SATA Express

SATA Express

(abbreviated from Serial ATA Express and sometimes unofficially shortened to SATAe) is a computer bus interface that supports both Serial ATA (SATA) and PCI Express (PCIe) storage devices, initially standardized in the SATA 3.2 specification. The SATA Express connector used on the host side is backward compatible with the standard 3.5-inch SATA data connector, while it also provides two PCI Express lanes as a pure PCI Express connection to the storage device.

Instead of continuing with the SATA interface’s usual approach of doubling its native speed with each major version, SATA 3.2 specification included the PCI Express bus for achieving data transfer speeds greater than the SATA 3.0 speed limit of 6 Gbit/s. Designers of the SATA interface concluded that doubling the native SATA speed would take too much time to catch up with the advancements in solid-state drive (SSD) technology, would require too many changes to the SATA standard, and would result in a much greater power consumption compared with the existing PCI Express bus. As a widely adopted computer bus, PCI Express provides sufficient bandwidth while allowing easy scaling up by using faster or additional lanes.

In addition to supporting legacy Advanced Host Controller Interface (AHCI) at the logical interface level, SATA Express also supports NVM Express (NVMe) as the logical device interface for attached PCI Express storage devices. While the support for AHCI ensures software-level backward compatibility with legacy SATA devices and legacy operating systems, NVM Express is designed to fully utilize high-speed PCI Express storage devices by leveraging their capability of executing many I/O operations in parallel.


A high-level overview of the SATA Express software architecture, which supports both legacy SATA and PCI Express storage devices, with AHCI and NVMe as the logical device interfaces.[8]:4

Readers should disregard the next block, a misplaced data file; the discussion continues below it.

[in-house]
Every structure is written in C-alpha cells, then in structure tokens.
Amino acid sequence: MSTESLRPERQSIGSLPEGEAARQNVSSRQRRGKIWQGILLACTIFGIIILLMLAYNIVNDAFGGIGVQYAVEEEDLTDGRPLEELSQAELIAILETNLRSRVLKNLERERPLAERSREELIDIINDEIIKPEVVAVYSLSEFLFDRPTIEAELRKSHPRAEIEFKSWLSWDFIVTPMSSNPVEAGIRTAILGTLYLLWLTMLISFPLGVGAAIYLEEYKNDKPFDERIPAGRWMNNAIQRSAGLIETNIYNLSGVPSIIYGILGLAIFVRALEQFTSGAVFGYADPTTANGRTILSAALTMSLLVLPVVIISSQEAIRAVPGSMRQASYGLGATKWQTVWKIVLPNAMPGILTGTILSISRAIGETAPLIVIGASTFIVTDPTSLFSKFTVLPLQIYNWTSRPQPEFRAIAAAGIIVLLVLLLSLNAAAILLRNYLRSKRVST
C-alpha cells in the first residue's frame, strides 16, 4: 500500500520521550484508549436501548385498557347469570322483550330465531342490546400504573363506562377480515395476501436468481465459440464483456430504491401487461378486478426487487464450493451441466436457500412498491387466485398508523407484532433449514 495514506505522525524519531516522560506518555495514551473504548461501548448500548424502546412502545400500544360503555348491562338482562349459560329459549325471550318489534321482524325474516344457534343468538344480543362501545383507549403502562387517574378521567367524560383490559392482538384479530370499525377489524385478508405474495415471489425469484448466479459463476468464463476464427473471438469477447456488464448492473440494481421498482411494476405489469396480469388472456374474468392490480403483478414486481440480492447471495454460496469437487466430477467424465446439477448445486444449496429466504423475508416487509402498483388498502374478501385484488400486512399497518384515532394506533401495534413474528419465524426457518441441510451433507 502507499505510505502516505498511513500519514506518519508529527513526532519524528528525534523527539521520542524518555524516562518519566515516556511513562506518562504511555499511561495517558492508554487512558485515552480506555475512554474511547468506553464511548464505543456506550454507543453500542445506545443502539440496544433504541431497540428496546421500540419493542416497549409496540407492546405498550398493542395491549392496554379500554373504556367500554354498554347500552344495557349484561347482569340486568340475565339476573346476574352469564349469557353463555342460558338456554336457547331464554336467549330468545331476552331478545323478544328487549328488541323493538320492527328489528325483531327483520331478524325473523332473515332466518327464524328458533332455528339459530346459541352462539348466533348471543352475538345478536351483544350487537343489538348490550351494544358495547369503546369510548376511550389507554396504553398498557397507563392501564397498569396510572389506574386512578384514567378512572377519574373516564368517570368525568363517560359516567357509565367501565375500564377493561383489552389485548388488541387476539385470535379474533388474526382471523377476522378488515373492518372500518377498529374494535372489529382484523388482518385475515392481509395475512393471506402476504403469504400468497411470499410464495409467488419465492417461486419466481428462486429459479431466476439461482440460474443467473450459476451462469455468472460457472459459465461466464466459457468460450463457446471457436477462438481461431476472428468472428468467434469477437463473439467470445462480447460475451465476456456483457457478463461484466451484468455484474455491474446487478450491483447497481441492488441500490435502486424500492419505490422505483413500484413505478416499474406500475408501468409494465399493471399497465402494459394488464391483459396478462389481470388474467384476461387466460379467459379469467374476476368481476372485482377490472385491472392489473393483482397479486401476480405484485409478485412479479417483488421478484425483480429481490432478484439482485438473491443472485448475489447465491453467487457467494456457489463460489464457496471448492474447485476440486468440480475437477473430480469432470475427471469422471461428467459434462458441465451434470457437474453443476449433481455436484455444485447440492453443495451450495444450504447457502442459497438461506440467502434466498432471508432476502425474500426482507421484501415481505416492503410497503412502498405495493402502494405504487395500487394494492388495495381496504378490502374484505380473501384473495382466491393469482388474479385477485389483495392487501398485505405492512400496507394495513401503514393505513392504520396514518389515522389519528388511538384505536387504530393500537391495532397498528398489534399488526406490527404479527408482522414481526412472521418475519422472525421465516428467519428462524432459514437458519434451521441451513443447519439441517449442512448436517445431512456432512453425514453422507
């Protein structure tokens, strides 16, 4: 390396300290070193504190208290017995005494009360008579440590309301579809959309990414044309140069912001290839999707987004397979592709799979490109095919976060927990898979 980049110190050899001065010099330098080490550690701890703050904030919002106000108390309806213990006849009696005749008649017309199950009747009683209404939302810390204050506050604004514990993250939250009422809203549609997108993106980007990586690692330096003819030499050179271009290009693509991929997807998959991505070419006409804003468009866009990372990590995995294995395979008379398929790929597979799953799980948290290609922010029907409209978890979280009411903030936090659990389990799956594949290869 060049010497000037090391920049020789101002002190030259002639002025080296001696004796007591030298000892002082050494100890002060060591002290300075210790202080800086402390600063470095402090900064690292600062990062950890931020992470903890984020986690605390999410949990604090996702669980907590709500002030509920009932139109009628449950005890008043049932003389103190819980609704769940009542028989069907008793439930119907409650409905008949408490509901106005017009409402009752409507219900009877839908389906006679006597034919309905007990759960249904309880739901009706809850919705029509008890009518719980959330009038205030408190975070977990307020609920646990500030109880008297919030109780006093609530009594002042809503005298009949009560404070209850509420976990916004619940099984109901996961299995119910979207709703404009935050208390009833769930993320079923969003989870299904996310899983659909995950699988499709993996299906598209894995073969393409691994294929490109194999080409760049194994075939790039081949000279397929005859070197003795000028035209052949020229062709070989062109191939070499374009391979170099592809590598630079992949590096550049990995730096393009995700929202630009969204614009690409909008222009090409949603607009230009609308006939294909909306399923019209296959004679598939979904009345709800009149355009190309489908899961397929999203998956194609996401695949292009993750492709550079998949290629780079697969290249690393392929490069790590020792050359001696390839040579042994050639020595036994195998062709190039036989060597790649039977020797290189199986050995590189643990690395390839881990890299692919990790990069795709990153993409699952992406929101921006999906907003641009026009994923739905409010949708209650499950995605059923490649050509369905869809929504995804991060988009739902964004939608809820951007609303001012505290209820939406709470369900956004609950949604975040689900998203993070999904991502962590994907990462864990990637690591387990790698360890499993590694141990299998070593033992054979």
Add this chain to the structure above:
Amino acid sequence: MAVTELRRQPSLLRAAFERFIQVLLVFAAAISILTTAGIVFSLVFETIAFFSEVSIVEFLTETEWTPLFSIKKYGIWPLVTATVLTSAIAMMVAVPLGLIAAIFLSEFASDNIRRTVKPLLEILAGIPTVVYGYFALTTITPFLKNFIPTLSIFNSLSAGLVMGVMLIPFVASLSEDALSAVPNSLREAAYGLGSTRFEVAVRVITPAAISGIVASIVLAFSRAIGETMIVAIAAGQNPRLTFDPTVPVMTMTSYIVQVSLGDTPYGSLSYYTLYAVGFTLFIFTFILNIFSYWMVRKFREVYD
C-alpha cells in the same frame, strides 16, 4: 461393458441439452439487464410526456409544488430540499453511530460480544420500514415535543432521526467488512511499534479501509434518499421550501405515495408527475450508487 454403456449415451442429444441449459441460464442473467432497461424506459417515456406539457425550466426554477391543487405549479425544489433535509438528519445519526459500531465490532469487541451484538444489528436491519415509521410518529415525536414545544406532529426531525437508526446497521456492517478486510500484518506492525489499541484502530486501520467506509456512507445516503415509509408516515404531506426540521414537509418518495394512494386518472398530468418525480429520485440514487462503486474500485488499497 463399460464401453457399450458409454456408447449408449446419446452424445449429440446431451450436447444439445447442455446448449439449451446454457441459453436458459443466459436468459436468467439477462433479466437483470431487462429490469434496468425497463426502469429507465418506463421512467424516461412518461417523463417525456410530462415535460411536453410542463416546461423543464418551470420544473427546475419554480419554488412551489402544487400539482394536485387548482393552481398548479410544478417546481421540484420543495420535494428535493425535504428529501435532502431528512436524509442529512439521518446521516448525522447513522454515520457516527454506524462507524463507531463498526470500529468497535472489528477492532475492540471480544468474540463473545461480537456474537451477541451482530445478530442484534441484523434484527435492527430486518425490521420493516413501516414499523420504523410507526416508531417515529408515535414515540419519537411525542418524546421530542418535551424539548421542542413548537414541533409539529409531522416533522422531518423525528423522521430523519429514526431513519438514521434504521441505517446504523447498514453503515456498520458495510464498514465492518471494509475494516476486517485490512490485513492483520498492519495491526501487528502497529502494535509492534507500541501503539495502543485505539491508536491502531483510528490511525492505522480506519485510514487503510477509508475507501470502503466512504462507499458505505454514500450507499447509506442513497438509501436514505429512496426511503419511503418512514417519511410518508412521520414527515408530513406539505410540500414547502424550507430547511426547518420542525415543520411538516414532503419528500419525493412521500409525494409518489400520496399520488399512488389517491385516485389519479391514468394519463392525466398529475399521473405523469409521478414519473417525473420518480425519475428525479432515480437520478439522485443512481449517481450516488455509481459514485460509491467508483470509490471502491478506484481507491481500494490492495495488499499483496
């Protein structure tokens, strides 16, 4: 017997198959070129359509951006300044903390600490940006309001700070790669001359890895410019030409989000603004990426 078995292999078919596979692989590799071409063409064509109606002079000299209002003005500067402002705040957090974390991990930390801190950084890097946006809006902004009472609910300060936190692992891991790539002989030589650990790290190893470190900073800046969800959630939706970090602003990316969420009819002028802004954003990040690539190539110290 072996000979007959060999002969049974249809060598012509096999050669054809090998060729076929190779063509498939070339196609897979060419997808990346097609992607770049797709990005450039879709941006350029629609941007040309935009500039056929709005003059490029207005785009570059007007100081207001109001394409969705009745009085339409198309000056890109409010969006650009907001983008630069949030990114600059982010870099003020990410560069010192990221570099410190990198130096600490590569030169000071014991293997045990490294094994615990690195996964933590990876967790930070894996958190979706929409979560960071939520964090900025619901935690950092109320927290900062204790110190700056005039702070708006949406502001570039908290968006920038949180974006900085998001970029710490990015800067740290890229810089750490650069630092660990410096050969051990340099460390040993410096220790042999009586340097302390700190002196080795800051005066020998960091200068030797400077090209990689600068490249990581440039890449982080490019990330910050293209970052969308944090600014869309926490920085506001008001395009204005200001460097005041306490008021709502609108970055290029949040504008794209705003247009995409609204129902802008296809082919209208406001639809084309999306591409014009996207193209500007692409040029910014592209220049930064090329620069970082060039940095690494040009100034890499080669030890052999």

SATA Express interface supports both PCI Express and SATA storage devices by exposing two PCI Express 2.0 or 3.0 lanes and two SATA 3.0 (6 Gbit/s) ports through the same host-side SATA Express connector. Exposed PCI Express lanes provide a pure PCI Express connection between the host and storage device, with no additional layers of bus abstraction.[3][6] The SATA revision 3.2 specification, in its gold revision as of August 2013, standardizes the SATA Express and specifies its hardware layout and electrical parameters.[1][29]

The choice of PCI Express also enables scaling up the performance of SATA Express interface by using multiple lanes and different versions of PCI Express. In more detail, using two PCI Express 2.0 lanes provides a total bandwidth of 1 GB/s (2 × 5 GT/s raw data rate and 8b/10b encoding, equating to effective 1000 MB/s), while using two PCI Express 3.0 lanes provides close to 2 GB/s (2 × 8 GT/s raw data rate and 128b/130b encoding, equating to effective 1969 MB/s).[3][7] In comparison, the 6 Gbit/s raw bandwidth of SATA 3.0 equates effectively to 0.6 GB/s due to the overhead introduced by 8b/10b encoding.

There are three options available for the logical device interfaces and command sets used for interfacing with storage devices connected to a SATA Express controller:[6][8]

Legacy SATA

Used for backward compatibility with legacy SATA devices, and interfaced through the AHCI driver and legacy SATA 3.0 (6 Gbit/s) ports provided by a SATA Express controller.

PCI Express using AHCI

Used for PCI Express SSDs and interfaced through the AHCI driver and provided PCI Express lanes, providing backward compatibility with widespread SATA support in operating systems at the cost of not delivering optimal performance by using AHCI for accessing PCI Express SSDs. AHCI was developed back at the time when the purpose of a host bus adapter (HBA) in a system was to connect the CPU/memory subsystem with a much slower storage subsystem based on rotating magnetic media; as a result, AHCI has some inherent inefficiencies when applied to SSD devices, which behave much more like DRAM than like spinning media.

PCI Express using NVMe

Used for PCI Express SSDs and interfaced through the NVMe driver and provided PCI Express lanes, as a high-performance and scalable host controller interface designed and optimized especially for interfacing with PCI Express SSDs. NVMe has been designed from the ground up, capitalizing on the low latency and parallelism of PCI Express SSDs, and complementing the parallelism of contemporary CPUs, platforms and applications. At a high level, primary advantages of NVMe over AHCI relate to NVMe’s ability to exploit parallelism in host hardware and software, based on its design advantages that include data transfers with fewer stages, greater depth of command queues, and more efficient interrupt processing.